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Battle f ieia of Quilfora 
Court |)ou$e 

In Eschange 
Univ. of North Carolina 
SEP 8 7 lass 


The field on which the battle of Guilford Court 

House was fought is the only battefield of the 

Revolution owned and preserved in its 

entirety in the United States 


"This is the ground where Patriots bled; 
Wide scattered here are Guilford's dead, 
Peace ! come with slow and reverent tread, 
And voices all subdued, 
Break not their long, deep love engendered solitude. 

Where silence reigns above this field, 

Once wild the thundering squadrons wheeled, 

Earth jarred, and armies swerved and reeled. 

Dead is that soul that does not flame 
At sight of Guilford's deathless name." 

— .Teriimo St( 

■kard, .Tuly 4, 1S93. 


iIIH Battle Ciroiind Coin})any is an association of patriotic 
^enrlr-nien, incorporated by the Legislature of North Caro- 
ina in ]8S7. Its piii'pose is ''the preservation, reclania- 
tinii and adurninent of the battlefield of (iuilford Court House.'' 
-Iiidye David Sclienck was tii(> first t(.) take steps towards 
reclaiming- this historic site from its hundred years' stee}!. 
The Battle (Jround Company was organized by J. W. Scott, 
I). W. C. Henliow, Julius A. Cray, and Tiios. B. Keogii, witli 
-Indge I)a\id Schenck, president, which office he filled until his 
death in I'.Miii, leaving the patriotic citizens of the United 
States greatly indilitcd lo liim for his great services. Major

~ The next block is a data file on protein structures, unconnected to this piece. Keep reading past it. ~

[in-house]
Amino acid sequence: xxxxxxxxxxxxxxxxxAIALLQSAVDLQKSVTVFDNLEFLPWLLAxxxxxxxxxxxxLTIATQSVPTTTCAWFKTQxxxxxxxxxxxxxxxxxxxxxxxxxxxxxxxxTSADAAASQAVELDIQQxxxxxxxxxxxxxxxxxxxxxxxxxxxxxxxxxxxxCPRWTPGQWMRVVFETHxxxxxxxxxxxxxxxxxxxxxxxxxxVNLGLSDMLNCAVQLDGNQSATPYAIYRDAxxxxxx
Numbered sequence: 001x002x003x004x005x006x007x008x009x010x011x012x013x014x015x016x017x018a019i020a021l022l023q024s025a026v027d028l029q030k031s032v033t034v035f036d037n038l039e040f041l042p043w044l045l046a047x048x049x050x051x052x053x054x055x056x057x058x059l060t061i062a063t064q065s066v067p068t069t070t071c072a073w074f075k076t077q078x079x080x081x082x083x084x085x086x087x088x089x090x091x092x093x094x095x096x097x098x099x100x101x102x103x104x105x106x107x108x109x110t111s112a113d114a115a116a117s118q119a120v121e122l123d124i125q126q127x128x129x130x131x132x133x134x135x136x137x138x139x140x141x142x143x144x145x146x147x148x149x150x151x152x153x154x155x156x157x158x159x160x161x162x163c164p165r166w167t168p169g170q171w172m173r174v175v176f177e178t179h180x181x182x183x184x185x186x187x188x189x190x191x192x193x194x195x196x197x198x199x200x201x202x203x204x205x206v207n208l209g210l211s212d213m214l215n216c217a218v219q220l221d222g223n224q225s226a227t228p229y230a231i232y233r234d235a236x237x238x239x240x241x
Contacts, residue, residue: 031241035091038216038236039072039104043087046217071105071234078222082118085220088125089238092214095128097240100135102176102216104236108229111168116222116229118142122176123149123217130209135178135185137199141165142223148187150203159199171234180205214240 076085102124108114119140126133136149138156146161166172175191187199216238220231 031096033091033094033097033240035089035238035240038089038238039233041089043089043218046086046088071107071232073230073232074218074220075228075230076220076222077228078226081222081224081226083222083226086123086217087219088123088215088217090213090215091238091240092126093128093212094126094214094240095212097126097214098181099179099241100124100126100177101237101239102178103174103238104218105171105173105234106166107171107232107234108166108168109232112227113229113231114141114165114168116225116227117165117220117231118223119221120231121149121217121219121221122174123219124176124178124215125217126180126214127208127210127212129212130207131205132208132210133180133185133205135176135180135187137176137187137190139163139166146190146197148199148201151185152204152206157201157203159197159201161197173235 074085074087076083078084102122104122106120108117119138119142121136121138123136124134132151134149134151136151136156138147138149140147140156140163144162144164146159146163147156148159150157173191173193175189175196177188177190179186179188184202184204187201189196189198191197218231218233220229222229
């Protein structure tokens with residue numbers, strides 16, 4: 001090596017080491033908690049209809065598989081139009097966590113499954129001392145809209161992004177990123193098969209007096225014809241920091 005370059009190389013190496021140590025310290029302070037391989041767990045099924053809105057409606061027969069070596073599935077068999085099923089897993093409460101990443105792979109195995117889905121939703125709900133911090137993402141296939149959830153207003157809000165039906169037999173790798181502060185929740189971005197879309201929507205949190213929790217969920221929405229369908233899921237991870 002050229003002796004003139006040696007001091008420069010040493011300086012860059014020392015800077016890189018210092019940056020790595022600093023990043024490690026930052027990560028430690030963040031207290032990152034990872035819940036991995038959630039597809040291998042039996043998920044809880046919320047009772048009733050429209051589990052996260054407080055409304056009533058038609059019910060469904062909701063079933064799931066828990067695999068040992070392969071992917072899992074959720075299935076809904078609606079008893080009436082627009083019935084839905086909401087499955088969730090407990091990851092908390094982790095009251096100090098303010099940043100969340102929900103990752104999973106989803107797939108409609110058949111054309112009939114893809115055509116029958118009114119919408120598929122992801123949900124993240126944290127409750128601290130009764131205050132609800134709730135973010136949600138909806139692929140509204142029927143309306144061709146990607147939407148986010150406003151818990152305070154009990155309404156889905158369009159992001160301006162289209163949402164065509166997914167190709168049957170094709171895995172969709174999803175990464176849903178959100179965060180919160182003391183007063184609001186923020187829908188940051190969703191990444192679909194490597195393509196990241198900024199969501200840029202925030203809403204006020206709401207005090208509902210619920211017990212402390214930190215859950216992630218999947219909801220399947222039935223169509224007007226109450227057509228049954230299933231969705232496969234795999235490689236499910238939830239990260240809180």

Jose])li M. ATdrciicad was elected his successor and most worthy 
did he prow, s|iending all of his time during his years of oflfice 
in erecting markers and monuments for the i)roper preservation 
of the history of the battle. His one unfulfilled desire was to 
see the erection of liie miinuineiit to (ieneral Xatliauael fireene, 
but to his successor. Mr. i'aul Srhenck, son of .ludge David 
Schenck, ami tliird I'rcsidcnt of tlie liattii' (iround Company, 
was tliat dutv gi\('n. 



HE Battle of Guilford Court House was fought March 
15, 1781. It was one of the decisive battles of the Eevo- 
lution. (See Benton's Thirty Years in U. S. Senate.) 
The Commanding General of American forces was General 
jSTathanael Greene. His army consisted of Huger 's Brigade of 
Virginia, Continentals, 778 men; Williams' Maryland and Dela- 
ware Brigade, 630 men; Continental Eegulars, 1490; North Car- 
olina militia, 1393; Virginia militia, 1693; "Light Horse 
Harry ' ' Lee 's Legion, 82 ; Col. William Washington 's Dra- 
goons, 86; Lee's Dragoons, 75; Cavalry, 161; about 4143 Ameri- 

The Commander of the British forces was Lord Cornwallis. 
His army, all well-trained warriors, consisted of the famous 
Twenty-first, or Frazer's Highlanders, and Second Battalion, 
212 men; Twenty-third and Thirty-third Eegiments, with 580 
men; Eegiment of Bose or Hessians, 313 men; the Yagers, 97 
men; British Legion, 174 men; in all, 1376. This does not 
include the Grenadiers, or Guards, whose numbers are not given. 

Cornwallis drove General Greene from the field, then fled 
precipitately from the field for fear of Greene's return. John 
Fox, then in the British Parliament, declared another such vic- 
tory would mean the destruction of the British army in America. 
Cornwallis reached his ships in Wilmington, but feeling unsafe, 
retreated into Virginia, and on the 19th of October, 1781, sur- 
rendered to General George Washington at Yorktown. The 
victory was won at Guilford, but the surrender was at Yorktown. 


D() |tnipt'ily study this liattlo tlie visitor should begin at the 
I'xtreine west where the sign shows the position of Single- 
ton 's Artillery — the American first line of battle lay in 
the edge of the woods behind a rail fence on either side of the 
road. Standing in the road on the brow of the hill, one is on 
the spot where Singleton's Artillery took its position to open on 
the British as they advanced up the hill, after having formed at 
the creek. From here can be seen where Tarleton's famous